South Korea releases new crypto guidelines
Those who disregard regulations won’t be able to make new deposits in exchanges’ accounts, just withdrawals.
The South Korean government’s top financial regulator has outlined a new set of measures aimed at curbing speculation and eliminating anonymity within the country’s expansive cryptocurrency market.
South Korea’s Financial Services Commission (FSC) released the anti-money laundering (AML) guidelines with the underlying goal of only allowing accounts with a users’ real name to be used for cryptocurrency trading.
Under the new rules, any users that wish to make valid cryptocurrency transactions must hold accounts under their real names at the same banks where cryptocurrency exchanges open their accounts. Those who disregard these regulations won’t be able to make new deposits into exchanges’ accounts, only withdrawals.
The FSC said that from January 30, any existing “virtual accounts” – anonymous accounts widely used to trade cryptocurrencies – will no longer be accepted as trading accounts. Additionally, individuals under the age of 18, as well as foreigners, will not be permitted to use such accounts to trade crypto on local Korean exchanges.
The new guidelines also require a high level of due diligence on behalf of South Korea’s financial institutions.
Banks will need to verify additional information for high-risk customers, such as crypto exchanges. This includes determining details about the services provided, the purpose of financial transactions, the source of money, whether the exchanges are using real-name accounts and whether they verify users’ identification.
The rules aim to curb potentially deceptive transactions. For example, if a user makes deposits or withdrawals of more than KRW10 million (US$9,300) per day or KRW20 million (US$18,600) per week, these actions would be considered suspicious and must be reported to the Korea Financial Intelligence Unit (KoFIU).
Banks can also deny provisions to crypto exchanges that refuse to provide user identification information. Financial institutions are expected to enhance their internal controls and better communicate with each other.
South Korean crypto exchange Coinone has already agreed to enforce the new guidelines from January 30.
“Under the new requirement, six banks are preparing the real-name account linkage with exchanges. They are NongHyup, KookMin, Shinhan, KEBHana, IBK, and JB Bank. As for Coinone, our users have to be registered with NongHyup for the time being,” Coinone said in an emailed statement to CoinDesk.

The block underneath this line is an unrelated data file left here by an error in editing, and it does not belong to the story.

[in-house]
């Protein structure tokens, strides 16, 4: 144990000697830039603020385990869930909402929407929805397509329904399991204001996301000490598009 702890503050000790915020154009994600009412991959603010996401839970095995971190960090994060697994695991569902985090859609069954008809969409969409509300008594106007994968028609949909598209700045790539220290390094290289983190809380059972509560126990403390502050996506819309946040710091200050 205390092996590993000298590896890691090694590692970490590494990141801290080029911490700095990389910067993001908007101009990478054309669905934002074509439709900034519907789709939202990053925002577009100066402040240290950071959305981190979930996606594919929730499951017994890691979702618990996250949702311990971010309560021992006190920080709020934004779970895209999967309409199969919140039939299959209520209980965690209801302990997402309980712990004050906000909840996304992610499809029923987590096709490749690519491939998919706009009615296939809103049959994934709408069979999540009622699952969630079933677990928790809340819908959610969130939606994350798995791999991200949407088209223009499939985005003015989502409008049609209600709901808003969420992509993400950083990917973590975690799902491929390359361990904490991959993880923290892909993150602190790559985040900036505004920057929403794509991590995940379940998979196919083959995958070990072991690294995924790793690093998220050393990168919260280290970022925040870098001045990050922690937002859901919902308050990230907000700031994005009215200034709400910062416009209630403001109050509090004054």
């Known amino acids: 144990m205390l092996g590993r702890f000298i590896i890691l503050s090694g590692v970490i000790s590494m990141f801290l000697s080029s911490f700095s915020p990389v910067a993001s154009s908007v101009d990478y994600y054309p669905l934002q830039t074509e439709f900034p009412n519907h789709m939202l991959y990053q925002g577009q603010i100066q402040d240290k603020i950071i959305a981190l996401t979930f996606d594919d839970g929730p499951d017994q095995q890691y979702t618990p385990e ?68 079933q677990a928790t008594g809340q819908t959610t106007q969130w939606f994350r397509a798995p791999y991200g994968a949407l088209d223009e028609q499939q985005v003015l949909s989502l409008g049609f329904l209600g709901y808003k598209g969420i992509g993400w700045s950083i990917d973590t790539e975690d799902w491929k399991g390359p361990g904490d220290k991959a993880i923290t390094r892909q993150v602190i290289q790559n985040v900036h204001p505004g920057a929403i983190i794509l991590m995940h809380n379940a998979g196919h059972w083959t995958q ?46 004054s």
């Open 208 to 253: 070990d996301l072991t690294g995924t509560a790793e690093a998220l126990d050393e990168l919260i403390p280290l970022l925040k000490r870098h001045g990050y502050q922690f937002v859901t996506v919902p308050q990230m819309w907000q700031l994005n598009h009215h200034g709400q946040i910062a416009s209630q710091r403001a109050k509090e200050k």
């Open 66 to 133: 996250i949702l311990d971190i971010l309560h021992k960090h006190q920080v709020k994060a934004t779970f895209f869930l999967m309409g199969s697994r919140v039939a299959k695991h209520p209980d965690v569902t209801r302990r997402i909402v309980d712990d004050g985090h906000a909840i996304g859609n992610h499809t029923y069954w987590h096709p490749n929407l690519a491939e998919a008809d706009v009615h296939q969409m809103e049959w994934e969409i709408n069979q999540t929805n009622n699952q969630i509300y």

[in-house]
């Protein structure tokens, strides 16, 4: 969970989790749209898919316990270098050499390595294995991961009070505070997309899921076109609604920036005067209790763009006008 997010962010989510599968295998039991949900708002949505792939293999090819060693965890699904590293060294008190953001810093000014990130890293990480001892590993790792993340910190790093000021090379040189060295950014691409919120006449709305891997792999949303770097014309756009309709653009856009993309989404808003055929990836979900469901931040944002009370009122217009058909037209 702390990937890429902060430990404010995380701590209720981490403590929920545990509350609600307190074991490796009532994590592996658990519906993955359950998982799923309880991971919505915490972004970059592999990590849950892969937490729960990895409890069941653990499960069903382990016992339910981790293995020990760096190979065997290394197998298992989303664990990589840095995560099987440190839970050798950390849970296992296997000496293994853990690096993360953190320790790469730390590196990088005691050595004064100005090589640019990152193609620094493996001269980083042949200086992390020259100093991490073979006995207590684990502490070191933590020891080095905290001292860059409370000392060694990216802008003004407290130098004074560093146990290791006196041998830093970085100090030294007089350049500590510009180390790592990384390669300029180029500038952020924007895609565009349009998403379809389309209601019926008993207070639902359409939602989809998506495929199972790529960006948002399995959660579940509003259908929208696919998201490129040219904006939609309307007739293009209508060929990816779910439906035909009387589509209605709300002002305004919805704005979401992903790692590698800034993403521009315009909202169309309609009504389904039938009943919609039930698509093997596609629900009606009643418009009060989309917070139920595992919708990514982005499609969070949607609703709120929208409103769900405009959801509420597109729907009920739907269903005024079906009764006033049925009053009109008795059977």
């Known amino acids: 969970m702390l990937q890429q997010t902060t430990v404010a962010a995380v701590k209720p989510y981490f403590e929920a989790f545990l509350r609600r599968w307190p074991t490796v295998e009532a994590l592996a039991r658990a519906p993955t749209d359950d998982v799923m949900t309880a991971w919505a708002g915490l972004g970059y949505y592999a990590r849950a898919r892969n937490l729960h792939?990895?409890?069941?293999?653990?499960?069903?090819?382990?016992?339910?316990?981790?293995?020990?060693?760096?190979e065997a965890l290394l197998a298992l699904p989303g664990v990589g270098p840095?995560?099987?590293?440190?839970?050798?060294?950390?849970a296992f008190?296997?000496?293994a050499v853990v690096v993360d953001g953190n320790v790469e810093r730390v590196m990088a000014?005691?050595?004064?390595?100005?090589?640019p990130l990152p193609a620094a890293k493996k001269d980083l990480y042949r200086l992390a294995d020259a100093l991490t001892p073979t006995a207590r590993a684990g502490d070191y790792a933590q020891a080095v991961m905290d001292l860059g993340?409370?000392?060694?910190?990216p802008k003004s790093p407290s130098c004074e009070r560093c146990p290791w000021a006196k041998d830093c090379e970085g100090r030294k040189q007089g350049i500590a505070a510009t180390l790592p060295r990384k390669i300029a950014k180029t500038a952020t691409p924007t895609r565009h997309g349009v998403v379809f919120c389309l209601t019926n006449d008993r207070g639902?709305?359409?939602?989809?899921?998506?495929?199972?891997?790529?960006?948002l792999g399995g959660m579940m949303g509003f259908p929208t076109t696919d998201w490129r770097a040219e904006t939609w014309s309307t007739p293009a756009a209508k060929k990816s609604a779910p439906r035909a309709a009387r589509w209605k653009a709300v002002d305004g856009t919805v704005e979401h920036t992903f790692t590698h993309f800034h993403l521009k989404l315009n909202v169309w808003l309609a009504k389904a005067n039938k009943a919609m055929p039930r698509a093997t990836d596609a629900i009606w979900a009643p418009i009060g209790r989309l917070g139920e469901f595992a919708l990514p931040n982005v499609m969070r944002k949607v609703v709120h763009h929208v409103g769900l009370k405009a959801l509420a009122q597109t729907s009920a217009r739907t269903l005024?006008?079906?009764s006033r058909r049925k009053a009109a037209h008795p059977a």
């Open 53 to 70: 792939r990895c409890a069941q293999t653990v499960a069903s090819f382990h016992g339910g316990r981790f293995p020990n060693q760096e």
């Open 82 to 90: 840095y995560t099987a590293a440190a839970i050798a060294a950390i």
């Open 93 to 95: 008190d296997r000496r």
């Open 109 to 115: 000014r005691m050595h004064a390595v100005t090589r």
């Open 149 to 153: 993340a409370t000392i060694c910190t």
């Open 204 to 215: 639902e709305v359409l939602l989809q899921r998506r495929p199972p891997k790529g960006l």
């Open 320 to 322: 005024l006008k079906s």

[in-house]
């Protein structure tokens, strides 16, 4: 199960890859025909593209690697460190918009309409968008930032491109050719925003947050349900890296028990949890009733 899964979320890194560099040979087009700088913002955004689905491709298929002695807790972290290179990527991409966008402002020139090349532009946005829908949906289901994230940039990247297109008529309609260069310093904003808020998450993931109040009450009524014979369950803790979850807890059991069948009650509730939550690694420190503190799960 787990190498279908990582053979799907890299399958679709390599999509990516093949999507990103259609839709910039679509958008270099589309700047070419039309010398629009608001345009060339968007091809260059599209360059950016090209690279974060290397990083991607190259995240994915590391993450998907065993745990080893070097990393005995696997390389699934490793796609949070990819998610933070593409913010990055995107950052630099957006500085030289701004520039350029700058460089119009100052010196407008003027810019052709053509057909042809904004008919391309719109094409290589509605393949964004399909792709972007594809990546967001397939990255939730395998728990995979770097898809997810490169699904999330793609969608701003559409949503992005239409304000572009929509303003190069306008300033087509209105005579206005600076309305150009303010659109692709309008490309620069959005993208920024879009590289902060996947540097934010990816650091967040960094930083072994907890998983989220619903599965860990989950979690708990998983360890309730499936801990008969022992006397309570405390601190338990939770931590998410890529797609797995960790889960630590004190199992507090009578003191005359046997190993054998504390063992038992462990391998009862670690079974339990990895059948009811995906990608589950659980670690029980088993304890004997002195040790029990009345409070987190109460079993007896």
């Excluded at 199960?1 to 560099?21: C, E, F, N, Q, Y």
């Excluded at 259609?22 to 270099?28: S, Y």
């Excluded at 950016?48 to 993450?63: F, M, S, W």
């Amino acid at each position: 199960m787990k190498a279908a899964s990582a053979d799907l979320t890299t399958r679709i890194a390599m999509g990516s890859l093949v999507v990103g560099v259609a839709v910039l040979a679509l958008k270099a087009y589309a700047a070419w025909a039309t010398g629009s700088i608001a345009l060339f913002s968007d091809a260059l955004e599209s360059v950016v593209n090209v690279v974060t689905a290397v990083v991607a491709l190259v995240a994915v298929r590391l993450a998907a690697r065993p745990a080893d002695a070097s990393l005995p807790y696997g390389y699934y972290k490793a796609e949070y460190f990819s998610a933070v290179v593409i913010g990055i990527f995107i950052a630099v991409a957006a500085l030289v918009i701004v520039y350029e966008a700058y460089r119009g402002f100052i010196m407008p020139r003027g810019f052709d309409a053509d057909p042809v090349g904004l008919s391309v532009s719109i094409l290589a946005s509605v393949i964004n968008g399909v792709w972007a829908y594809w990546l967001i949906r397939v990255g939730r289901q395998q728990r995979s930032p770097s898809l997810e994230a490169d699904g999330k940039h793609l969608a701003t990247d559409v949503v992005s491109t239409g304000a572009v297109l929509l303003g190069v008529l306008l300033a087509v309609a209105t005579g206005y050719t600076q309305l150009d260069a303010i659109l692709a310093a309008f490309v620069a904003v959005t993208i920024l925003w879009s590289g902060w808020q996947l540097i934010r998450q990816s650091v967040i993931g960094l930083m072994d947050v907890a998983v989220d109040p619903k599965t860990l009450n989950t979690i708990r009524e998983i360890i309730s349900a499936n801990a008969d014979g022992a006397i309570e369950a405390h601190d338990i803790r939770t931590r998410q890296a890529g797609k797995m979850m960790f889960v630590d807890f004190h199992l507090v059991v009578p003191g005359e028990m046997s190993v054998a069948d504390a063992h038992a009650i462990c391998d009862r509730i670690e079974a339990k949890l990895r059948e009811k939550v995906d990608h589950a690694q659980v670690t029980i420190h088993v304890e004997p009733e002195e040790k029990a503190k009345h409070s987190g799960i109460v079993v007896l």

Another exchange, Korbit, said on its blog that existing fund deposit methods would be changed and improved later this month, confirming users “must have a Shinhan Bank account” in order to trade cryptocurrencies.
South Korean news agency Yonhap reports that Korea’s largest exchange, Bithumb, will cooperate with the new policy to “build a more transparent and healthy transaction system with the real-name trading platform.”
The measures are expected to reduce room for cryptocurrency transactions to be used for illegal activities such as money laundering and tax evasion. However, the FSC stressed that these rules are not intended to formally
institutionalize cryptocurrency exchanges, or facilitate cryptocurrency trading through such platforms.
The guidelines were based on the results of a joint FSC-KoFIU investigation of six commercial banks offering trading accounts to cryptocurrency exchanges, carried out between January 1 to January 16 this year.
Earlier this week, there were reports that South Korea would begin enforcing corporate tax legislation on local cryptocurrency exchanges from the end of March 2018, requiring local exchanges to pay up to 22% in corporate taxes by the end of March and 2.2% in local income tax by the end of April, on 2017 earnings.
The rates reflect South Korea’s corporate tax code for earnings of over 20 billion won (US$18.7 million).
At the beginning of the month, CoinMarketCap, an online source for cryptocurrency market capitalization figures and price movements, decided to unexpectedly remove South Korean exchanges valuations from its reported averages, causing a significant decline in the overall market cap and individual currency prices.